The Stafford Loan is a federal education loan offered to eligible students to cover higher education costs.
The term ‘Stafford Loan’ is a bit outdated. In 2010, the U.S. Department of Education started disbursing student loans directly, under the William D. Ford Federal Direct Loan Program. Since then, federal loans are more often referred to as direct student loans.
So, you may see student loans referred to as Federal Stafford Loans, Direct Student Loans, or Direct Stafford Loans. The good news: they all mean the same thing.
How do Stafford Loans work?
Student borrowers qualify for one of two types of Stafford loans: subsidized Stafford Laoans or unsubsidized Stafford loans. Subsidized and unsubsidized Stafford loans are a lot alike, but with a few key differences.
What is a subsidized Stafford Loan?
If you qualify for a subsidized Stafford Loan, also known as a direct subsidized loan, the federal government pays your interest while you're in school, which can save you thousands of dollars.
One thing to note: There are maximum loan limits for subsidized loans that are lower than the limit on unsubsidized loans. So, while it’s great that the government is helping you out with the interest payments, the amount you're eligible to receive in loans may not be enough to fully fund your education.
What is an unsubsidized Stafford Loan?
If you can't demonstrate financial need, you will likely be offered an unsubsidized Stafford Loan, also known as a direct unsubsidized loan. Even though this loan is part of the federal government’s loan program, they do not help you out with the interest.
In other words, you will be responsible for the interest payments while in school. But you do have a choice about how you want to make those payments — you can either make the interest payments while in school or put them off until you leave.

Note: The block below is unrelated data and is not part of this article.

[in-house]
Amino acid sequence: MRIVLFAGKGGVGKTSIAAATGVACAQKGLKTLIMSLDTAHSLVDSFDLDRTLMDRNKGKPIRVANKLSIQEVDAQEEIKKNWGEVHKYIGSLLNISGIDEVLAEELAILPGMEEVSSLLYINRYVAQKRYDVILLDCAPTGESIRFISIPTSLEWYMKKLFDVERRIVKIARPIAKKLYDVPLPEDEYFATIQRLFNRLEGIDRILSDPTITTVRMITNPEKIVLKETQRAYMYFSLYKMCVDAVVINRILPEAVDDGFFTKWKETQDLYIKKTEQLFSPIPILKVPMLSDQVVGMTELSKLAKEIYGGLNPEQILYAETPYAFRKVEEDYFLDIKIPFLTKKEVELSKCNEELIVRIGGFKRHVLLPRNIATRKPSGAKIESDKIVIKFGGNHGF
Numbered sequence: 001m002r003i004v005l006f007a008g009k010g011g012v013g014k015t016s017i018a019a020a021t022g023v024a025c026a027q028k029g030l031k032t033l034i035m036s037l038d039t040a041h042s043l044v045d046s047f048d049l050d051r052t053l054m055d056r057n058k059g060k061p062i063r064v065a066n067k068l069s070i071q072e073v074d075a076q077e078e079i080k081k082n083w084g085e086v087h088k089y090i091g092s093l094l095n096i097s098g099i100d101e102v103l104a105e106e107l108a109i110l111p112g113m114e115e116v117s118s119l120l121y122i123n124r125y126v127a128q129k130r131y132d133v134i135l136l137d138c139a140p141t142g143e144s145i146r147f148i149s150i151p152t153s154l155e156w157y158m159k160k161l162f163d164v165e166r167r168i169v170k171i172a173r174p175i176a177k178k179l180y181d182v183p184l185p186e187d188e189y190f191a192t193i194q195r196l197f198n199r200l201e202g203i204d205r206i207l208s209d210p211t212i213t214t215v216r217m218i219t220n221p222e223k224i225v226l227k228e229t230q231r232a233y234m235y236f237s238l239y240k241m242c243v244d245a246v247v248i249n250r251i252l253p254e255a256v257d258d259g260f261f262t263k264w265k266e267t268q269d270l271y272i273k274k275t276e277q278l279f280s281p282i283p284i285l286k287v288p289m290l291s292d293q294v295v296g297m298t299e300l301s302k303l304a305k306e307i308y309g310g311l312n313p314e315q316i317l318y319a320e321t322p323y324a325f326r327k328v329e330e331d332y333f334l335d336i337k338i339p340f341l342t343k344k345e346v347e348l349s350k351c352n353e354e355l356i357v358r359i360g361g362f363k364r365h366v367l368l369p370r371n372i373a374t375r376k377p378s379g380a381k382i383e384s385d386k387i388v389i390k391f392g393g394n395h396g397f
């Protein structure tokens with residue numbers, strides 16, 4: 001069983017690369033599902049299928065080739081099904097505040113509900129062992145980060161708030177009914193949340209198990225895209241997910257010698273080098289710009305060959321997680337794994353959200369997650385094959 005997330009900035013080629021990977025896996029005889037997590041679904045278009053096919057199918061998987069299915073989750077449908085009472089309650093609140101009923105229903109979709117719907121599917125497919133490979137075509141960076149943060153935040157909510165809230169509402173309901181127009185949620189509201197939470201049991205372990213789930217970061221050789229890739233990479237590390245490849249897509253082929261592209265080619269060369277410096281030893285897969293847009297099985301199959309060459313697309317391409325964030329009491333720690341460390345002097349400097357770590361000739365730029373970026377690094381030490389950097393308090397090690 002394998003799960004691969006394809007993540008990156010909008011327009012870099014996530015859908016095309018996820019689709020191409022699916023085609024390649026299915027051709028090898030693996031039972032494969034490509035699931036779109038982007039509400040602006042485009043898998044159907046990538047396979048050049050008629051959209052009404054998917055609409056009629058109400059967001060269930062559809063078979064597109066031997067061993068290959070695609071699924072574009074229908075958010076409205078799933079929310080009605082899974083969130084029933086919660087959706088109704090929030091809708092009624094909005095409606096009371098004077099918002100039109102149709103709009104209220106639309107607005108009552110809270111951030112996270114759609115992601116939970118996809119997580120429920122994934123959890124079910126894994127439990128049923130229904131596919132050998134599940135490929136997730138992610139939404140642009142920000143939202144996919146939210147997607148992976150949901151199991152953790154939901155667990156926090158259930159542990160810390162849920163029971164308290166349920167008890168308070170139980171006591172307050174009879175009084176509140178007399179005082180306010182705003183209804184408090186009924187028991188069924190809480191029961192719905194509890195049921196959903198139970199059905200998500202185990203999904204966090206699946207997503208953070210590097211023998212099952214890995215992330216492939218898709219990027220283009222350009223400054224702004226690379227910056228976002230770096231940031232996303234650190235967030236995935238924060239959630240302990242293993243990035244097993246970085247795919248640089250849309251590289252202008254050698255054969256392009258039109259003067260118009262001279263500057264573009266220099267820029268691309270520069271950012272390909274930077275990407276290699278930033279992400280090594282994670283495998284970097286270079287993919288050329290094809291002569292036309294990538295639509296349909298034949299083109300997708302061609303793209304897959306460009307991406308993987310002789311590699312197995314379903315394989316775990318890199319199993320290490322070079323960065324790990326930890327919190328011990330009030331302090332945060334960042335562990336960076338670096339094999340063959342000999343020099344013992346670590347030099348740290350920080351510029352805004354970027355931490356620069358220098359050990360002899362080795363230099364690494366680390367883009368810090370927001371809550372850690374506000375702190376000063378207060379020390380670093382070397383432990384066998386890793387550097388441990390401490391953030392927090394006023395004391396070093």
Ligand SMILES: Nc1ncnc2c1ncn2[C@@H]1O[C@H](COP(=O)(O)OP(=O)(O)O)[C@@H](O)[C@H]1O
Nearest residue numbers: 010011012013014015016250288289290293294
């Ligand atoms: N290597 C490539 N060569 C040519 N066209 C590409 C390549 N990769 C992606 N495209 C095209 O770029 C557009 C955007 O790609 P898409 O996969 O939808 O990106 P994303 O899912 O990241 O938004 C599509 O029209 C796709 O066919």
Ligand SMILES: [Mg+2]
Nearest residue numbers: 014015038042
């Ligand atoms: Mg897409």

Just know that skipping out on the interest-only loan payments can add thousands of dollars to the overall amount of the loan.
You will need to start making payments on your Stafford Loan six months after you graduate or after you leave school or drop below half-time enrollment.
Federal loans offer student borrowers certain benefits and financial protections typically unavailable through private student loan lenders. Some benefits include:
Fixed, low interest rates throughout the life of the loan
Automatic deferment while you're still in school
A six-month grace period after graduation, or after you enroll at less than half-time, before you have to start making monthly payments
Income-based repayment plans, so your monthly payments are never disproportionate to your monthly income.
Stafford Loan amounts: How much can you get from a Stafford Loan?
The Stafford Loan has limits on the amount of subsidized and unsubsidized loans you can receive in an academic year.
The loan amount limit changes depending on the year of school you are in, whether you're a dependent or independent student, the total cost of attendance, and whether you're an undergraduate student, graduate student, or professional student.
Borrowing limits: Undergraduate & graduate/professional students
Annual Loan Limit (unsubsidized)
Aggregate Loan Limit (unsubsidized)